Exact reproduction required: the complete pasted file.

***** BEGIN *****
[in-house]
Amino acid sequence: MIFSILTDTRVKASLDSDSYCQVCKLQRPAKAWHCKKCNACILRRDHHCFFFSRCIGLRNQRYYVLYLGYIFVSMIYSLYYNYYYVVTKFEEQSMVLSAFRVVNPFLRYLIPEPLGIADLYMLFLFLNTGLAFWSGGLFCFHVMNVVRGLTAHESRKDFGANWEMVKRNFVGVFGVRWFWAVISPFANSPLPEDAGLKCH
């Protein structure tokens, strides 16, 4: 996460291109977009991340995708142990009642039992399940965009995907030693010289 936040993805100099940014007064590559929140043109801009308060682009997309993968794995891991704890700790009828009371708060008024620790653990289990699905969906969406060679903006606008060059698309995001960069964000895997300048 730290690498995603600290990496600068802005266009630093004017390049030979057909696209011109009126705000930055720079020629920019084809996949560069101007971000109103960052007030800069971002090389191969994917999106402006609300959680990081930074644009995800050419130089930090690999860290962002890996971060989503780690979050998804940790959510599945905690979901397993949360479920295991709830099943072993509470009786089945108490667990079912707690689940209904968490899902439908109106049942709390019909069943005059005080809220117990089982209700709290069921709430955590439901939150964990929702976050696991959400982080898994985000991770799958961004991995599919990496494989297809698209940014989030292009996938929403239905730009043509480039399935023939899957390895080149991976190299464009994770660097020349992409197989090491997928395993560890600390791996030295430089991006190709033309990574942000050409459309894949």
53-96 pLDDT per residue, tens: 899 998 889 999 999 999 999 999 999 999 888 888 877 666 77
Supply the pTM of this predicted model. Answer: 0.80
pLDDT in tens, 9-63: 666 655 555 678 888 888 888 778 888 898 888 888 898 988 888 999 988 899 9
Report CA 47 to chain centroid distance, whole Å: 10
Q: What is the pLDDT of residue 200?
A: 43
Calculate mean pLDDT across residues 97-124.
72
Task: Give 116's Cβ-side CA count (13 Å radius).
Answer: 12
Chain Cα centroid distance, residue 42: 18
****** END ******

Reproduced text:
[in-house]
Amino acid sequence: MIFSILTDTRVKASLDSDSYCQVCKLQRPAKAWHCKKCNACILRRDHHCFFFSRCIGLRNQRYYVLYLGYIFVSMIYSLYYNYYYVVTKFEEQSMVLSAFRVVNPFLRYLIPEPLGIADLYMLFLFLNTGLAFWSGGLFCFHVMNVVRGLTAHESRKDFGANWEMVKRNFVGVFGVRWFWAVISPFANSPLPEDAGLKCH
């Protein structure tokens, strides 16, 4: 996460291109977009991340995708142990009642039992399940965009995907030693010289 936040993805100099940014007064590559929140043109801009308060682009997309993968794995891991704890700790009828009371708060008024620790653990289990699905969906969406060679903006606008060059698309995001960069964000895997300048 730290690498995603600290990496600068802005266009630093004017390049030979057909696209011109009126705000930055720079020629920019084809996949560069101007971000109103960052007030800069971002090389191969994917999106402006609300959680990081930074644009995800050419130089930090690999860290962002890996971060989503780690979050998804940790959510599945905690979901397993949360479920295991709830099943072993509470009786089945108490667990079912707690689940209904968490899902439908109106049942709390019909069943005059005080809220117990089982209700709290069921709430955590439901939150964990929702976050696991959400982080898994985000991770799958961004991995599919990496494989297809698209940014989030292009996938929403239905730009043509480039399935023939899957390895080149991976190299464009994770660097020349992409197989090491997928395993560890600390791996030295430089991006190709033309990574942000050409459309894949």
53-96 pLDDT per residue, tens: 899 998 889 999 999 999 999 999 999 999 888 888 877 666 77
Supply the pTM of this predicted model. Answer: 0.80
pLDDT in tens, 9-63: 666 655 555 678 888 888 888 778 888 898 888 888 898 988 888 999 988 899 9
Report CA 47 to chain centroid distance, whole Å: 10
Q: What is the pLDDT of residue 200?
A: 43
Calculate mean pLDDT across residues 97-124.
72
Task: Give 116's Cβ-side CA count (13 Å radius).
Answer: 12
Chain Cα centroid distance, residue 42: 18